Happening Now

Hotline #706

January 31, 1992

The Bush Administration released its proposed 1993 budget on January 29. It was painted as a budget to "protect the environment and enhance the quality of life," but fails in that respect by giving big increases to highways and aviation, and big cuts to rail and transit.

Amtrak would get only $343 million, compared to $651 million this year. That's even less than what the Administration proposed for 1992. Amtrak's operating budget would be $269 million, which would have to cover both operating losses and the excess retirement payments. Capital funding would be $74 million, which surely would make it impossible for Amtrak to achieve its goal of self-sufficiency in this decade. Nothing would be provided for the Northeast Corridor or electrification, though maglev research would get $15 million.

Despite the Congress' wishes expressed in the ISTEA act to reduce single-occupant automobile use and promote mass transit, the Administration would increase highway spending by 16%. But transit funding would decrease from $3.8 billion to just $3.0 billion, a 20% cut. Aviation would get a 6% increase.

Even worse news is that Amtrak cannot survive intact under this year's operating funding, because the recession has brought revenue growth far lower than foreseen a year ago. The estimated 1992 operating shortfall is $67 million. Therefore, Amtrak is planning to freeze management salaries and possibly lay off as many as 1,000 Beech Grove workers for up to three months this summer. That may well have a terrible effect on equipment maintenance and reliability. Service cuts are possible. Amtrak is seriously considering reducing consists on some trains and, possibly as early as April, eliminating the River Cities south of St. Louis and some Harrisburg trains. Amtrak also may replace the Montrealer with a Boston-Palmer-White River Junction-Montreal day train, providing New York connections at Palmer by extending another pair of Springfield trains to Boston.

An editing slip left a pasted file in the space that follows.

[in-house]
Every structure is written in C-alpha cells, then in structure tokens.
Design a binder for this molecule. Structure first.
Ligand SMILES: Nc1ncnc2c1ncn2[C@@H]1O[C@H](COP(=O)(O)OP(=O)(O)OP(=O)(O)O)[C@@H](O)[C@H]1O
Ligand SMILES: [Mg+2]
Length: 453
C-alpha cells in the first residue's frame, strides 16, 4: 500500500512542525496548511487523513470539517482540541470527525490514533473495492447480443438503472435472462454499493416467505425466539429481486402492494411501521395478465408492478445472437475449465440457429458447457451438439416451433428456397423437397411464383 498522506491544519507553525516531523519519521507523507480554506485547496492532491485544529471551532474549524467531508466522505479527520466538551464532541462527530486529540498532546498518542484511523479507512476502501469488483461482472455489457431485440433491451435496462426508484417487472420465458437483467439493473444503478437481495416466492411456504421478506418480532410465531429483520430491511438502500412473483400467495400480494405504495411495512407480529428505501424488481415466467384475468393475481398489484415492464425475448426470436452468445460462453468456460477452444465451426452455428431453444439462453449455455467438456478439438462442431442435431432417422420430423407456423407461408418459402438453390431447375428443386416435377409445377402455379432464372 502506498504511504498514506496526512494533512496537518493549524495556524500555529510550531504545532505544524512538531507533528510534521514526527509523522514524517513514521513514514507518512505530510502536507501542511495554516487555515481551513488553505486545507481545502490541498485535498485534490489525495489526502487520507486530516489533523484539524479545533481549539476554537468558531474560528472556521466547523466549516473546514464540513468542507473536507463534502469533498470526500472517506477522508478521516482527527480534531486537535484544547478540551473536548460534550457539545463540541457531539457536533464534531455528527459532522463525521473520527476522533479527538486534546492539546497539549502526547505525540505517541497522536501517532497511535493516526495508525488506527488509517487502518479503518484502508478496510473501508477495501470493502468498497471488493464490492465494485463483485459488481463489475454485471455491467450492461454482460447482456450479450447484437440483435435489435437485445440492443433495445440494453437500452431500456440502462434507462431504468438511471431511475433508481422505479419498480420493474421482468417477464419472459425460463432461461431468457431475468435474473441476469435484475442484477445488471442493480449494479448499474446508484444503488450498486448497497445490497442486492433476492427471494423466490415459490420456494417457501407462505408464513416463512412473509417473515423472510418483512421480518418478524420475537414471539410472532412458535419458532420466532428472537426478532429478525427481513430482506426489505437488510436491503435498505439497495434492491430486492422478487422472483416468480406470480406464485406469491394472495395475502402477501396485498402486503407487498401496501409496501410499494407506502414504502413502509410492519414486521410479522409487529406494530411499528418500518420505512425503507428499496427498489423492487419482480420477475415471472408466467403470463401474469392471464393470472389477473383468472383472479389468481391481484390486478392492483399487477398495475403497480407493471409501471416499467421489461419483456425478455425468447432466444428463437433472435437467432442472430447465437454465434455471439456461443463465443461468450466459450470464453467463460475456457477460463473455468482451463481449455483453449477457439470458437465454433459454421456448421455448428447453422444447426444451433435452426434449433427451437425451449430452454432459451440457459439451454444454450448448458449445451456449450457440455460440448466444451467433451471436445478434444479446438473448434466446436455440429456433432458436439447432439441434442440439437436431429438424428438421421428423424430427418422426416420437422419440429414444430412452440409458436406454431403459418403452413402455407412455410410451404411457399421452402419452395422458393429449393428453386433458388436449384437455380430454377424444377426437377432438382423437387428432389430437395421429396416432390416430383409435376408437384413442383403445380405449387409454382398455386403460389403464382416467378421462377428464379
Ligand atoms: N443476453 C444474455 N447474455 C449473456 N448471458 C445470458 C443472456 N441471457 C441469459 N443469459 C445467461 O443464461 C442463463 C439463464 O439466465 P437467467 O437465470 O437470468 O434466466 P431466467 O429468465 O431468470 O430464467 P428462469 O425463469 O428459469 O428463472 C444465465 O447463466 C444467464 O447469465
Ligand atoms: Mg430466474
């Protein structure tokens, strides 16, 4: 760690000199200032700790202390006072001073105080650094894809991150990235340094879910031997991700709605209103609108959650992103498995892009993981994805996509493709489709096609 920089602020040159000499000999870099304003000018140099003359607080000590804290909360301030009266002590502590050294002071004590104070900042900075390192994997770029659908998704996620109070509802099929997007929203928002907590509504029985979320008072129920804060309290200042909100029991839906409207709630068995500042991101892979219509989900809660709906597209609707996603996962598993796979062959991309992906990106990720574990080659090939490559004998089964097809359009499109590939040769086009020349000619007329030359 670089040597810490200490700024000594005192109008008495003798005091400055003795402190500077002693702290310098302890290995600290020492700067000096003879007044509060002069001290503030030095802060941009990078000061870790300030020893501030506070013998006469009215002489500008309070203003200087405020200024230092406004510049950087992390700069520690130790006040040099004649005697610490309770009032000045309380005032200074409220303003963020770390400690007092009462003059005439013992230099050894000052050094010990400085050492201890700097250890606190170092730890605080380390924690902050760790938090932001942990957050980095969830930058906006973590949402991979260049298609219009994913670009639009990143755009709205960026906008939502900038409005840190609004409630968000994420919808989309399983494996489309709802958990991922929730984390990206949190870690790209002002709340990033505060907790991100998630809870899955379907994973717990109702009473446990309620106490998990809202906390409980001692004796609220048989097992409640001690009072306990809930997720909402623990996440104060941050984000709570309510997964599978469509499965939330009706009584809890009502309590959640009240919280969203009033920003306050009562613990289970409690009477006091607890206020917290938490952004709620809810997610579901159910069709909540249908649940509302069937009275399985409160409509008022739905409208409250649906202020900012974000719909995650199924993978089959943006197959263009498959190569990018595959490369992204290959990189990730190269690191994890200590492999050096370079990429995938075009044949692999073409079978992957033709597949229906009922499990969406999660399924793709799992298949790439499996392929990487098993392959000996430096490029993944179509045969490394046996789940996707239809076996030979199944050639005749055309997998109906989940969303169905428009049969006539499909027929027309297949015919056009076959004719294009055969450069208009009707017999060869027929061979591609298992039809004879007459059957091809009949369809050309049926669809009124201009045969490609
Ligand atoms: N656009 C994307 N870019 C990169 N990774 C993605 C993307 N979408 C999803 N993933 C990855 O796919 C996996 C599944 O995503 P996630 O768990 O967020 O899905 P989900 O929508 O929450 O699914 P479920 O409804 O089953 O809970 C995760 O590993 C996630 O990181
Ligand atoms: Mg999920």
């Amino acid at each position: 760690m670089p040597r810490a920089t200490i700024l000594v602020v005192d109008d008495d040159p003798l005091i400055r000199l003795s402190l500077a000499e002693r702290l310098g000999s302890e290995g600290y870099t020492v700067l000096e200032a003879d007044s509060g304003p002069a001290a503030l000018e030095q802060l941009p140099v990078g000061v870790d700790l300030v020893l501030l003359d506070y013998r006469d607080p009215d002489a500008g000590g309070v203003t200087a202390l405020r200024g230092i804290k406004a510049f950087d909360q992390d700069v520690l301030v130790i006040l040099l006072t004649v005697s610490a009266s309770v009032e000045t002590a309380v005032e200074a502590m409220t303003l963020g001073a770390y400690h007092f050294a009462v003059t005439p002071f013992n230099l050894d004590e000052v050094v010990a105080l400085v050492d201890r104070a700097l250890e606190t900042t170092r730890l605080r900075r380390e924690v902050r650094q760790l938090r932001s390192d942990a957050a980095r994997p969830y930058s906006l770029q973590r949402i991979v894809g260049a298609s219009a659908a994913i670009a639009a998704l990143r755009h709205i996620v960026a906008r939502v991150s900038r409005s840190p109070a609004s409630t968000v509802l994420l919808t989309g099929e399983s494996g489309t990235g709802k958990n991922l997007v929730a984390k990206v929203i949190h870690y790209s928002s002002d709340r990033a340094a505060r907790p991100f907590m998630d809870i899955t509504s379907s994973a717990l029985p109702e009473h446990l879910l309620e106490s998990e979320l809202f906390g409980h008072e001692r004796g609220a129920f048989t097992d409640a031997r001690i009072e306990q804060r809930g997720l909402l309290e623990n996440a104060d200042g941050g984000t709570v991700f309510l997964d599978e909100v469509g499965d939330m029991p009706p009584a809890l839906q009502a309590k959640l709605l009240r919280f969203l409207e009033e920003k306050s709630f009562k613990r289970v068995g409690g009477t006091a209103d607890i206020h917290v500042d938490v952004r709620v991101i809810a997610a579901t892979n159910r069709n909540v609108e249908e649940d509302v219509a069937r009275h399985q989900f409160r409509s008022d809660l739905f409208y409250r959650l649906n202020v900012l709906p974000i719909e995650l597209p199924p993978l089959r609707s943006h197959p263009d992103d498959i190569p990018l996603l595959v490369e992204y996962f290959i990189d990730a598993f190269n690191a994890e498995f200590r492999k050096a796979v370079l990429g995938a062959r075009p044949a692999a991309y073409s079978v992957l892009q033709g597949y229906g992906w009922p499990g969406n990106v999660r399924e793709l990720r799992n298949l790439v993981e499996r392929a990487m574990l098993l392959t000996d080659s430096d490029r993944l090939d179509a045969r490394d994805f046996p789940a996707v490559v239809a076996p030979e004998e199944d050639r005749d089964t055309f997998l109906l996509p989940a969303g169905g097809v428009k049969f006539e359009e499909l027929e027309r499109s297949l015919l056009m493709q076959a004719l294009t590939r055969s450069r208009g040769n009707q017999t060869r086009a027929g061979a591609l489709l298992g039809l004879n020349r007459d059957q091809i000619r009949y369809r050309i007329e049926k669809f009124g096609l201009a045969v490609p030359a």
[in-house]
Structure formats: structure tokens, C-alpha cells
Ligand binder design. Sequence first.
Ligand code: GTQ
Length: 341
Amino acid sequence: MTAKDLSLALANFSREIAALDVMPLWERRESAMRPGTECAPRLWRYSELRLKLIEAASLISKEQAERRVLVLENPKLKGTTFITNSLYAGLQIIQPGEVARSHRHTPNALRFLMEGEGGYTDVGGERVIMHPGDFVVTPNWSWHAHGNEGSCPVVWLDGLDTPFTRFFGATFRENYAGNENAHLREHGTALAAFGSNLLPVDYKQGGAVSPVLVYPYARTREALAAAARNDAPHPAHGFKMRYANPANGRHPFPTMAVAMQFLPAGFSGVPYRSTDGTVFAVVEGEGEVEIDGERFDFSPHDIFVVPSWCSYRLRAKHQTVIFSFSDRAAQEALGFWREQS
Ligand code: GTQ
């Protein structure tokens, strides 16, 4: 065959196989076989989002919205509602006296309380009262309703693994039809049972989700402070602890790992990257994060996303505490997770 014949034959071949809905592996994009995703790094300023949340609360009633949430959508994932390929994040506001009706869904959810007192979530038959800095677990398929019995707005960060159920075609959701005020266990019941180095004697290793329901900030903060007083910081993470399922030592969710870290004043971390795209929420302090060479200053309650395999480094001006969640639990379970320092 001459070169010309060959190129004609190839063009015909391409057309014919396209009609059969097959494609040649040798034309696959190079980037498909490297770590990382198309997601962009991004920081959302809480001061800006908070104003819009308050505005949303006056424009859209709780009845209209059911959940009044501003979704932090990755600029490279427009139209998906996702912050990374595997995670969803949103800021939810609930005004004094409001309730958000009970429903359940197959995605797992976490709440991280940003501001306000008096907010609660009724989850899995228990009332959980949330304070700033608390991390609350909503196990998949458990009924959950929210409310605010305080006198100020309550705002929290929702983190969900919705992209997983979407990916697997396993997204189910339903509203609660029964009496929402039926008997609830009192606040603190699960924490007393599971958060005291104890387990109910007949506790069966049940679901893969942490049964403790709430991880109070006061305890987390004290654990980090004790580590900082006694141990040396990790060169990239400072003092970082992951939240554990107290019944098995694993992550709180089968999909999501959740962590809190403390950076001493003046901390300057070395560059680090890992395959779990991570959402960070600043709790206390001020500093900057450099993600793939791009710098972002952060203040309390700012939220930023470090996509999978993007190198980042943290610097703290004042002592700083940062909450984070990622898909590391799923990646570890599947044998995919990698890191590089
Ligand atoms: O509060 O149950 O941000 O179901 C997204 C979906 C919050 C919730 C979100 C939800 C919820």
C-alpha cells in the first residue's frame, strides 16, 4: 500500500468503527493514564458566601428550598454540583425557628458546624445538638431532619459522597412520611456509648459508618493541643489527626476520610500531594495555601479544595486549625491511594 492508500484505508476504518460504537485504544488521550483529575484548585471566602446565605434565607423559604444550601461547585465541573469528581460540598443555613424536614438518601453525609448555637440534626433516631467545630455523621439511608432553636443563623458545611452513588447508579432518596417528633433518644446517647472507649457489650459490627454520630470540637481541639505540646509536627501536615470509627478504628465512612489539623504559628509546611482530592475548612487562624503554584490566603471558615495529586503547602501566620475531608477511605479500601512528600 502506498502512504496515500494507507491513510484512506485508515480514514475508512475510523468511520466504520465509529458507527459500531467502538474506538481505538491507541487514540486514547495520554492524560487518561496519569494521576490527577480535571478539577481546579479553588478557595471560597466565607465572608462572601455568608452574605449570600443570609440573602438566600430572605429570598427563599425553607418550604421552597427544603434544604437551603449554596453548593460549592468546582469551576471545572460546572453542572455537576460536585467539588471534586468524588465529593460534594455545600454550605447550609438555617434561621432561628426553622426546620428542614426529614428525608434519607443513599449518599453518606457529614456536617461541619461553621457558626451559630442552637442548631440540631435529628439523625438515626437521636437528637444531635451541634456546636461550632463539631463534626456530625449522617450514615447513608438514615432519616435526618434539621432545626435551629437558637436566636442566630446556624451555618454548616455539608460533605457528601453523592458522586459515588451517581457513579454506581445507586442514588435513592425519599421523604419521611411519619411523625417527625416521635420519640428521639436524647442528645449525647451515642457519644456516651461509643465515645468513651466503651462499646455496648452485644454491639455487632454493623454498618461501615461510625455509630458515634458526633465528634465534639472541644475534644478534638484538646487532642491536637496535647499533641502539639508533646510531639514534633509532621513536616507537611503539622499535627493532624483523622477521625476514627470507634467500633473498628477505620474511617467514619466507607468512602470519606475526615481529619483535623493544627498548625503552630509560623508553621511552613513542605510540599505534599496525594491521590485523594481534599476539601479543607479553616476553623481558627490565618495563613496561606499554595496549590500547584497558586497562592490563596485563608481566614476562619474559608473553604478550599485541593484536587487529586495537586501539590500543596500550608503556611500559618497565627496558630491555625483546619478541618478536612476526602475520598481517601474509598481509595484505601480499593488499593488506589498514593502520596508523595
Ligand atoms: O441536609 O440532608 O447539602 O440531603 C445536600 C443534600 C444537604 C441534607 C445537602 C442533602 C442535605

Senators Lautenberg (D.-N.J.) and Moynihan (D.-N.Y.) yesterday proposed a $7-billion, three-year supplemental transportation funding bill, which would go to highway and bridge repair and maintenance, mass transit, airport safety, and to rail, including $450 million for Amtrak and another $450 for the Northeast Corridor. Because this is capital money, it would not help Amtrak's operating budget crisis, but could be changed to prevent the Beech Grove furloughs. Such a bill would hinge on changing the 1990 budget agreement and was presented as a jobs bill. The only co-sponsors so far are Senators Lieberman (Conn.) and Burdick (N.Dak.). Both Moynihan and Lautenberg criticized President Bush for praising the ISTEA bill in his State of the Union address on January 28, while cutting transportation programs the very next day in the 1993 budget.

Amtrak has joined the TransitChek program in the New York area. It was set up a couple years ago by area transit agencies to promote employers giving transit benefits to employees who preferred them over parking benefits. Amtrak also joins a similar program in southern California next week.

Massachusetts Governor Weld has dropped plans to sell the Massachusetts Turnpike. Instead, his 1993 budget proposes using 20% of toll revenues and 20% of Port Authority revenues to fund the Massachusetts Bay Transportation Authority, as part of a plan to merge all these large agencies.

A large historic-streetcar festival will be held in San Francisco on April 25-26 to mark the centennial of electric streetcar service there. Muni still operates five subway-surface routes in the city.

A consortium led by Japan Airlines has had to bail out of HSST Corporation, a developer of Japanese maglev technology, according to the Wall Street Journal. HSST has lost $35 million since 1985, much of it resulting from a failed project in Las Vegas.